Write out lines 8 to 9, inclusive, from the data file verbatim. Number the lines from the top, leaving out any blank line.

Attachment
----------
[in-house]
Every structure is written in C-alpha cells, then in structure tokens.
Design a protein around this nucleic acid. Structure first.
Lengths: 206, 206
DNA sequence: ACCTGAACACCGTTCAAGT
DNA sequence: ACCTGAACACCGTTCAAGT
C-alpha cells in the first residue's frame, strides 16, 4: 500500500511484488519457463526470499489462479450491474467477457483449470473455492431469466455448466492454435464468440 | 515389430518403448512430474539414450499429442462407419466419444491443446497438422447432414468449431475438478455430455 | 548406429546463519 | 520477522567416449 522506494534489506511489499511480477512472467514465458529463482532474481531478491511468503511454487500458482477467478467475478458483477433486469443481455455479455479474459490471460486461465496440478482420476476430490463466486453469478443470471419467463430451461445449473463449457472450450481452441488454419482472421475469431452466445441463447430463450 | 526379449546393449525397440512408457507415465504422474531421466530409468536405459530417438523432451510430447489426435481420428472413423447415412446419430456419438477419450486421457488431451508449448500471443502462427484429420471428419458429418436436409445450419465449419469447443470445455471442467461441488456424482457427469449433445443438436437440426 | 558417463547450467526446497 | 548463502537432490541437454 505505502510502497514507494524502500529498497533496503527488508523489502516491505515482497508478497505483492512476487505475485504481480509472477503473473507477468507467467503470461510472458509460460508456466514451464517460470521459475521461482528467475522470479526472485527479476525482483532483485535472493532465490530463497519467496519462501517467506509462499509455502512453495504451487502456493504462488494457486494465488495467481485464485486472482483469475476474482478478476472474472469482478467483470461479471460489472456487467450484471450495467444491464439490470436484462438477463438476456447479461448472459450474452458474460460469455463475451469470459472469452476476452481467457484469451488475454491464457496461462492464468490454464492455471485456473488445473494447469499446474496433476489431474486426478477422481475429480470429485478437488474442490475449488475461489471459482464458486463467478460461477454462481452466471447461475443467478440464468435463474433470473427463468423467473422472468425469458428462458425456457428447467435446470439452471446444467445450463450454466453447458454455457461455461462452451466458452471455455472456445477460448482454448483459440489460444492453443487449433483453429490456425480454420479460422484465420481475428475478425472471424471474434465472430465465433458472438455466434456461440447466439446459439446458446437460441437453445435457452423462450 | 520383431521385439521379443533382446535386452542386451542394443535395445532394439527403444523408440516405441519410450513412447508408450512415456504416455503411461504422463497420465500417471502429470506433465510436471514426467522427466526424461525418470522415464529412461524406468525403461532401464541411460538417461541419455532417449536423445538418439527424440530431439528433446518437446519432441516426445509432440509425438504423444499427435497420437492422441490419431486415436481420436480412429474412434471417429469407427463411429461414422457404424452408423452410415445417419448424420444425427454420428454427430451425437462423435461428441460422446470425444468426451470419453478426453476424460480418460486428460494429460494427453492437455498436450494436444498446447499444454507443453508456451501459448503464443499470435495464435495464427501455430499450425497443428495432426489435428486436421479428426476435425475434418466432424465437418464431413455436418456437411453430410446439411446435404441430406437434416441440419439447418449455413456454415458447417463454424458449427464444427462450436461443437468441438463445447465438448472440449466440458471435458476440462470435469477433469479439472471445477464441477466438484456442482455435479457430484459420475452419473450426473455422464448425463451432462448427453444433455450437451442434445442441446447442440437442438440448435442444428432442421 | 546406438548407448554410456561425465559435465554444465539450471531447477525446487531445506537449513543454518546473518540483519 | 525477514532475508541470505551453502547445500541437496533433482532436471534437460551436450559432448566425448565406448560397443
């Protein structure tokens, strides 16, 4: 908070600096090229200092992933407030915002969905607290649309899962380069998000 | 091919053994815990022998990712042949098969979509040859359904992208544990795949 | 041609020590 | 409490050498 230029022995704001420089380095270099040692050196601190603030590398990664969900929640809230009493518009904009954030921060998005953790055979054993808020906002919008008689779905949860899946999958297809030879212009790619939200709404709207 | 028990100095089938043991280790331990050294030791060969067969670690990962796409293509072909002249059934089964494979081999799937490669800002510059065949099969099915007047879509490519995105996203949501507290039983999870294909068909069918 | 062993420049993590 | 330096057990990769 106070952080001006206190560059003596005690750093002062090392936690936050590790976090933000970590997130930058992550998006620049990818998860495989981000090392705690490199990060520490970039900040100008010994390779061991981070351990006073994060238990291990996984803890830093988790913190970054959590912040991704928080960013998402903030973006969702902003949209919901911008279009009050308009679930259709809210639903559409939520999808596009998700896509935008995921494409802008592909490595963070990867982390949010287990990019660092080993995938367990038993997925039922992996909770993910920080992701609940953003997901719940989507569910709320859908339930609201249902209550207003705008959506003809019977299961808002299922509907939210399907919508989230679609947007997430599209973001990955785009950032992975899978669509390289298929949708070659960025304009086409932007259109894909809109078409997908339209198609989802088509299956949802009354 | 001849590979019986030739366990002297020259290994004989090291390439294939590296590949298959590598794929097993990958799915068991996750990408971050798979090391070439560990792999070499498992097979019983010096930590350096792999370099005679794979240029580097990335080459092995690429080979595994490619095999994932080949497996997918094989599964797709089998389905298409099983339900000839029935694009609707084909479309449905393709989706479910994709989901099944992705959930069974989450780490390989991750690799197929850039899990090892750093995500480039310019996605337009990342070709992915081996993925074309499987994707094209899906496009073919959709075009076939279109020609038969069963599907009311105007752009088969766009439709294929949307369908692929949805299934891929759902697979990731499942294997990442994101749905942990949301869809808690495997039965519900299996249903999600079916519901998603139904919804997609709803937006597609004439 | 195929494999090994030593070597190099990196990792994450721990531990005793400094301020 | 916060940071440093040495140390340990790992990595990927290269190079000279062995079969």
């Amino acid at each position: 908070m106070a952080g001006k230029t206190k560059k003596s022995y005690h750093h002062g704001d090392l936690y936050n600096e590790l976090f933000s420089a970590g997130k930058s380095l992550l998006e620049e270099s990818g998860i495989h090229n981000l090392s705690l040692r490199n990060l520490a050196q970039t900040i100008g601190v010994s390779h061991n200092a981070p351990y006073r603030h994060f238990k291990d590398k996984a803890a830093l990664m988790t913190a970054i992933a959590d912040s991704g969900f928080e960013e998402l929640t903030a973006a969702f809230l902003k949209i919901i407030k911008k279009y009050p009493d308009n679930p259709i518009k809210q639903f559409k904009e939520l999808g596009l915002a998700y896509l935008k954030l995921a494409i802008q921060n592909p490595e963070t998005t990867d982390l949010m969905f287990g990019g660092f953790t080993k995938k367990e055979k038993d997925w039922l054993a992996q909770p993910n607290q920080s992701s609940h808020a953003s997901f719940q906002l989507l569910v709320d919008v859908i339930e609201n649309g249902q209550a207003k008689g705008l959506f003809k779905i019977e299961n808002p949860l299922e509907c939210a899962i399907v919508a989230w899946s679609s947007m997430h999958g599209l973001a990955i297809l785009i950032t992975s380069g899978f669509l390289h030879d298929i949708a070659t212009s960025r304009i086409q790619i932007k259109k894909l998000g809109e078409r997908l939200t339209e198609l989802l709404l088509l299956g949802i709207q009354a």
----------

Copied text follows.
């Protein structure tokens, strides 16, 4: 908070600096090229200092992933407030915002969905607290649309899962380069998000 | 091919053994815990022998990712042949098969979509040859359904992208544990795949 | 041609020590 | 409490050498 230029022995704001420089380095270099040692050196601190603030590398990664969900929640809230009493518009904009954030921060998005953790055979054993808020906002919008008689779905949860899946999958297809030879212009790619939200709404709207 | 028990100095089938043991280790331990050294030791060969067969670690990962796409293509072909002249059934089964494979081999799937490669800002510059065949099969099915007047879509490519995105996203949501507290039983999870294909068909069918 | 062993420049993590 | 330096057990990769 106070952080001006206190560059003596005690750093002062090392936690936050590790976090933000970590997130930058992550998006620049990818998860495989981000090392705690490199990060520490970039900040100008010994390779061991981070351990006073994060238990291990996984803890830093988790913190970054959590912040991704928080960013998402903030973006969702902003949209919901911008279009009050308009679930259709809210639903559409939520999808596009998700896509935008995921494409802008592909490595963070990867982390949010287990990019660092080993995938367990038993997925039922992996909770993910920080992701609940953003997901719940989507569910709320859908339930609201249902209550207003705008959506003809019977299961808002299922509907939210399907919508989230679609947007997430599209973001990955785009950032992975899978669509390289298929949708070659960025304009086409932007259109894909809109078409997908339209198609989802088509299956949802009354 | 001849590979019986030739366990002297020259290994004989090291390439294939590296590949298959590598794929097993990958799915068991996750990408971050798979090391070439560990792999070499498992097979019983010096930590350096792999370099005679794979240029580097990335080459092995690429080979595994490619095999994932080949497996997918094989599964797709089998389905298409099983339900000839029935694009609707084909479309449905393709989706479910994709989901099944992705959930069974989450780490390989991750690799197929850039899990090892750093995500480039310019996605337009990342070709992915081996993925074309499987994707094209899906496009073919959709075009076939279109020609038969069963599907009311105007752009088969766009439709294929949307369908692929949805299934891929759902697979990731499942294997990442994101749905942990949301869809808690495997039965519900299996249903999600079916519901998603139904919804997609709803937006597609004439 | 195929494999090994030593070597190099990196990792994450721990531990005793400094301020 | 916060940071440093040495140390340990790992990595990927290269190079000279062995079969």
């Amino acid at each position: 908070m106070a952080g001006k230029t206190k560059k003596s022995y005690h750093h002062g704001d090392l936690y936050n600096e590790l976090f933000s420089a970590g997130k930058s380095l992550l998006e620049e270099s990818g998860i495989h090229n981000l090392s705690l040692r490199n990060l520490a050196q970039t900040i100008g601190v010994s390779h061991n200092a981070p351990y006073r603030h994060f238990k291990d590398k996984a803890a830093l990664m988790t913190a970054i992933a959590d912040s991704g969900f928080e960013e998402l929640t903030a973006a969702f809230l902003k949209i919901i407030k911008k279009y009050p009493d308009n679930p259709i518009k809210q639903f559409k904009e939520l999808g596009l915002a998700y896509l935008k954030l995921a494409i802008q921060n592909p490595e963070t998005t990867d982390l949010m969905f287990g990019g660092f953790t080993k995938k367990e055979k038993d997925w039922l054993a992996q909770p993910n607290q920080s992701s609940h808020a953003s997901f719940q906002l989507l569910v709320d919008v859908i339930e609201n649309g249902q209550a207003k008689g705008l959506f003809k779905i019977e299961n808002p949860l299922e509907c939210a899962i399907v919508a989230w899946s679609s947007m997430h999958g599209l973001a990955i297809l785009i950032t992975s380069g899978f669509l390289h030879d298929i949708a070659t212009s960025r304009i086409q790619i932007k259109k894909l998000g809109e078409r997908l939200t339209e198609l989802l709404l088509l299956g949802i709207q009354a």